Money has been the issue in the office for a little while. Charlotte has been worried that we haven’t got enough now and I’m worried that we won’t have enough in the future.
Charlotte’s concern has been cash-flow. Terrifyingly we now burn through over ten grand in salaries and National Insurance at the end of each month. When we’ve been busy fees for associate artists rack up significantly on top of this. We try and play fair by everyone and pay bang on time, so if fees are slow coming in, as they often are, and our quarterly Arts Council cheque is delayed, as it occasionally is, things start to get tight. This month things have been made tighter still by seven grand spent on airfairs for gigs coming up in the Autumn. Charlotte has been tracking the bank account’s nosedive on line, an air-traffic controller fixated by her screen, making urgent calls trying to arrange in-flight refuelling or at least foam on the tarmac. For the first time in the company’s history we arranged an overdraft facility just in case.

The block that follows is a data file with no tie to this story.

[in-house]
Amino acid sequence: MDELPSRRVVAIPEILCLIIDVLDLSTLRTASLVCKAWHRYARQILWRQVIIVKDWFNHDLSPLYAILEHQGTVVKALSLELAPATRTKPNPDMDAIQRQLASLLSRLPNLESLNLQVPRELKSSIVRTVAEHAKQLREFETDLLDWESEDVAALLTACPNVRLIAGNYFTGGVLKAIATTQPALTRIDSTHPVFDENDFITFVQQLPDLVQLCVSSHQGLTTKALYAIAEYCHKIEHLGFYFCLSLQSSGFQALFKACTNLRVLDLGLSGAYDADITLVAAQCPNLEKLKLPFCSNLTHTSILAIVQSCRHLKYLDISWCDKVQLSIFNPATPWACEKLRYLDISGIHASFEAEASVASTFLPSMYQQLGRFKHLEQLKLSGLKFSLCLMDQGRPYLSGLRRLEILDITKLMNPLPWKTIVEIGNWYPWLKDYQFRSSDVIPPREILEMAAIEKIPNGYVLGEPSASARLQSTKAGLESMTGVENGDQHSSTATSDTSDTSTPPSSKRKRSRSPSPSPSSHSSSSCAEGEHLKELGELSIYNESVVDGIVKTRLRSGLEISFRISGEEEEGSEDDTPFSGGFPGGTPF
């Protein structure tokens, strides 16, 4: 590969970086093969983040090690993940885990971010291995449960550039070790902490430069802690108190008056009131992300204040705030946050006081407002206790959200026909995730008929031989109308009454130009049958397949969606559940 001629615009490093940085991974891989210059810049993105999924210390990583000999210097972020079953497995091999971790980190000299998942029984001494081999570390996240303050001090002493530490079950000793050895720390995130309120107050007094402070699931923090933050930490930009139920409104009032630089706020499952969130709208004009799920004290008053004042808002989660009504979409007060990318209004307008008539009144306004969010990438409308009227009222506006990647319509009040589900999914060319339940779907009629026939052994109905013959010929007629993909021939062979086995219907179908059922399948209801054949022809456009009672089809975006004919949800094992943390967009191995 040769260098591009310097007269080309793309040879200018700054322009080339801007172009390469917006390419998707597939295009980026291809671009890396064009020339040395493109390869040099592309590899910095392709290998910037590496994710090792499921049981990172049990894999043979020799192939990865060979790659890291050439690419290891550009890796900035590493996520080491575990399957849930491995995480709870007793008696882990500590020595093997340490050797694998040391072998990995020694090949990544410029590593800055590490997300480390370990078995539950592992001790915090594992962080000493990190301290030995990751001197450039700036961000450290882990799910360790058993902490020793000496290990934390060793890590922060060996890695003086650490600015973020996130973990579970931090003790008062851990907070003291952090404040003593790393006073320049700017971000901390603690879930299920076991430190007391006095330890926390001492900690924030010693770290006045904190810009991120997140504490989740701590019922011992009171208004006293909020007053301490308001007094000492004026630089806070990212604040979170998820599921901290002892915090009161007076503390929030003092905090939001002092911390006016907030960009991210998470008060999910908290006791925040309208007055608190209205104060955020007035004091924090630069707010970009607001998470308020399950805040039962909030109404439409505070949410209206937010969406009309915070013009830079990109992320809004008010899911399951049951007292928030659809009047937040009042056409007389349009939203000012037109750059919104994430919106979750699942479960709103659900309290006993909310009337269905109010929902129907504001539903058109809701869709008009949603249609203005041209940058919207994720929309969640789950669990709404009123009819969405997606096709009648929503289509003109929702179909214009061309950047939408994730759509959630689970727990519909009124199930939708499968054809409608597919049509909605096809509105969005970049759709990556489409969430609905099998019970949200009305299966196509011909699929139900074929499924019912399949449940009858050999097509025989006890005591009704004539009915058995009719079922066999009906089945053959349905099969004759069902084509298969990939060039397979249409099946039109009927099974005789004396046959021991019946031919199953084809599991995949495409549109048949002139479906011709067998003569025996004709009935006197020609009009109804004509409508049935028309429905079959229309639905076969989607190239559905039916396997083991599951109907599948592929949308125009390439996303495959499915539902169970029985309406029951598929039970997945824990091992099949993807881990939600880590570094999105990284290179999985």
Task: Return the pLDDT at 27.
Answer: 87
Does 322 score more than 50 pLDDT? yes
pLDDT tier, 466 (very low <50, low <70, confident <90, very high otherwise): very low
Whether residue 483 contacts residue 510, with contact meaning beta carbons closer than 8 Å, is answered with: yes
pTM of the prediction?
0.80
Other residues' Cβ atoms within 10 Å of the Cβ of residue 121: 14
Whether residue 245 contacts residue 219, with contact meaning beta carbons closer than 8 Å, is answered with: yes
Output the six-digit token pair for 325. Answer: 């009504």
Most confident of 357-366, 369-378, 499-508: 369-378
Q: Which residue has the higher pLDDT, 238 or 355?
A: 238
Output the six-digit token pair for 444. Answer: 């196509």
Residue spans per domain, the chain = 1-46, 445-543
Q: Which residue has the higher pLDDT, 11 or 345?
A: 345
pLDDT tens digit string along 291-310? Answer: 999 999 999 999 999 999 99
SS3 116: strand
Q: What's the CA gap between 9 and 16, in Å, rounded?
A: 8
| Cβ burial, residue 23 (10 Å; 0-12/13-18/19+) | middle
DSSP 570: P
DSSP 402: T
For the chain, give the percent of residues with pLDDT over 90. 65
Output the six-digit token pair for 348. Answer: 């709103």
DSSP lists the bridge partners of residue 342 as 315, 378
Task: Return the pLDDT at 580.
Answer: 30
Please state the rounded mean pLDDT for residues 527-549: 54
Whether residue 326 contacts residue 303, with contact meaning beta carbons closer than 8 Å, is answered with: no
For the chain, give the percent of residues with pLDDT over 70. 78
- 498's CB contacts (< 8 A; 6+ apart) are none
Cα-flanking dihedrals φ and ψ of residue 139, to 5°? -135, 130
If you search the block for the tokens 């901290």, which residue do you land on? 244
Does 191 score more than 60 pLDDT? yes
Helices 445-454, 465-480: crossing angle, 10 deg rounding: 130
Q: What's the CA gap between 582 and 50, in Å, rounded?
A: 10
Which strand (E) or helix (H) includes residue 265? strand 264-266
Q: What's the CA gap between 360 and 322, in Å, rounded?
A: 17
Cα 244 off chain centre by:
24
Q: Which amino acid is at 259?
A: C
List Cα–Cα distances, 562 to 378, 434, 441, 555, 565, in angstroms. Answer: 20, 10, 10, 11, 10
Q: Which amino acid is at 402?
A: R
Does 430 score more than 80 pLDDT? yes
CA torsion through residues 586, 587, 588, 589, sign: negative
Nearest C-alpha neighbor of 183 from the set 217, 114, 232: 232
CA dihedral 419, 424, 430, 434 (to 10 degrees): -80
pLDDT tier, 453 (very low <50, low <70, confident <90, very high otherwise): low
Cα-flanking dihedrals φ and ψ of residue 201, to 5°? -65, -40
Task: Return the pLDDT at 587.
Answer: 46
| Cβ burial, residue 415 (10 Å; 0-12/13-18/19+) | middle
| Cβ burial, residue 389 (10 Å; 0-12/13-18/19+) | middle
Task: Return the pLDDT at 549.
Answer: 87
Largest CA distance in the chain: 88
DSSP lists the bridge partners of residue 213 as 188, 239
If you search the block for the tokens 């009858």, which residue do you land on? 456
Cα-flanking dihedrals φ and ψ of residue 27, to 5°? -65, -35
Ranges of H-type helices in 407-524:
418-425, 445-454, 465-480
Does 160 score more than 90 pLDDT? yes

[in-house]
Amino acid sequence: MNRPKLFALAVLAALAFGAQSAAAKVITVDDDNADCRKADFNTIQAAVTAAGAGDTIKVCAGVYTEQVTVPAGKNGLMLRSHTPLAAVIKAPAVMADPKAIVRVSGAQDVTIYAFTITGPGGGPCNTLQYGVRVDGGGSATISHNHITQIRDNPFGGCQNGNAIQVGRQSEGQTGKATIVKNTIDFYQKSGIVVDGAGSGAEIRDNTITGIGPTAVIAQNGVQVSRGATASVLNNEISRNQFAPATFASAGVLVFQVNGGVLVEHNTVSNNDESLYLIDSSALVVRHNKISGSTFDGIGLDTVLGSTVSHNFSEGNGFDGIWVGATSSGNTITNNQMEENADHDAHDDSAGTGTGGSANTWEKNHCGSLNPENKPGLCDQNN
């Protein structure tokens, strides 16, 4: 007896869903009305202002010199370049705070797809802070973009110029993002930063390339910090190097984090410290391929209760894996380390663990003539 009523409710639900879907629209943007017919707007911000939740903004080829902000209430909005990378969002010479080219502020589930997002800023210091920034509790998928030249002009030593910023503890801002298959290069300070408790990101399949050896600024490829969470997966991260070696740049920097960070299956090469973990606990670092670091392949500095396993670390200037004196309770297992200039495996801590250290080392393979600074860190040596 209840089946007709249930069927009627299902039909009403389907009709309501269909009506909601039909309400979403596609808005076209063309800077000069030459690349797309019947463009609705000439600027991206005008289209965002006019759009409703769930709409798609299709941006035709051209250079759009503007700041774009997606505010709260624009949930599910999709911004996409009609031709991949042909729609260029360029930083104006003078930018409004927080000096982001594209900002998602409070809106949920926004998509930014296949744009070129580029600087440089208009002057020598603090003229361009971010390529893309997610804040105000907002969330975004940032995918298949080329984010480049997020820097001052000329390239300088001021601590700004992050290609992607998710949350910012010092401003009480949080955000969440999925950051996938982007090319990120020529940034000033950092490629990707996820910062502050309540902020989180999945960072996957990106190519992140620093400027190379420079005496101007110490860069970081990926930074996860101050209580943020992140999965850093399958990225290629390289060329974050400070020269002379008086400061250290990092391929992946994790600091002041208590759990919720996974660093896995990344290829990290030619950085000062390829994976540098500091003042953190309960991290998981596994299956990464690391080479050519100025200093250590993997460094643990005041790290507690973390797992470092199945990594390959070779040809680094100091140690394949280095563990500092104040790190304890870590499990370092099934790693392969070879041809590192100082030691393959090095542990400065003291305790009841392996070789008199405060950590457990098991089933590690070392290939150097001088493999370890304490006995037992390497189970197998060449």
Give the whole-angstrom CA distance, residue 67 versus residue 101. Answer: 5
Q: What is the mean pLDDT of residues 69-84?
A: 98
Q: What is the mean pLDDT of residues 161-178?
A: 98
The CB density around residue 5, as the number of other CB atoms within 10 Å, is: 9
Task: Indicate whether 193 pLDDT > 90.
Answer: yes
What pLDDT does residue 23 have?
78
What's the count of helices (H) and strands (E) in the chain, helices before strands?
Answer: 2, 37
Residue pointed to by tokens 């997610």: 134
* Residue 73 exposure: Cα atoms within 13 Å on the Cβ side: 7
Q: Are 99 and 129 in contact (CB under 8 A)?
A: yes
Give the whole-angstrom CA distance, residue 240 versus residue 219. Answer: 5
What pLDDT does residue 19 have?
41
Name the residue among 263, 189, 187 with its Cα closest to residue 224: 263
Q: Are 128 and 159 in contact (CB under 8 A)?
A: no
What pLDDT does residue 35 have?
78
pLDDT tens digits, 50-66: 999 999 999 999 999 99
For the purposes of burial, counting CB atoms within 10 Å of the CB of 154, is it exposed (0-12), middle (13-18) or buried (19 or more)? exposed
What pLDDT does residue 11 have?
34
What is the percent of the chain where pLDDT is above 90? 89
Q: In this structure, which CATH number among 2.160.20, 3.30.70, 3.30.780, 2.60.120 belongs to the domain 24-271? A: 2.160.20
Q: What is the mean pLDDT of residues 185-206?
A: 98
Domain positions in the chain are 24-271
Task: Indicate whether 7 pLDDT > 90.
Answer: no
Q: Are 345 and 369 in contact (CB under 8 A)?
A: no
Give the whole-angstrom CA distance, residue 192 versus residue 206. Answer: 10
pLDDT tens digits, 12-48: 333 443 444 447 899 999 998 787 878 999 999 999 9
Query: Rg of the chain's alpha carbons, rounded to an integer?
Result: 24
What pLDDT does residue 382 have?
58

My concern is long term. The meeting with the Big Bond Boss (it turns out there are three and I’ve now met two (one whilst wearing long trousers, one whilst wearing short)) was good. The space started off eye-wateringly expensive, but we have had a further conversation and are now negotiating in the region of breathtaking expense. I’m trying to calculate what we can sensibly commit to and how much we could earn by subletting. This space think feels so critical and yet it’s also almost intractable. At night voices in my head mutter about the importance of ‘the entrepreneurial gamble’ whilst scrolling behind my eyelids is the memorial list of companies crushed by weighty overheads.
This afternoon Charlotte announced she’s navigated us through the cash-flow crisis, which is another triumph for her, but I’m still making phone calls and thumping at calculators with no triumph in sight.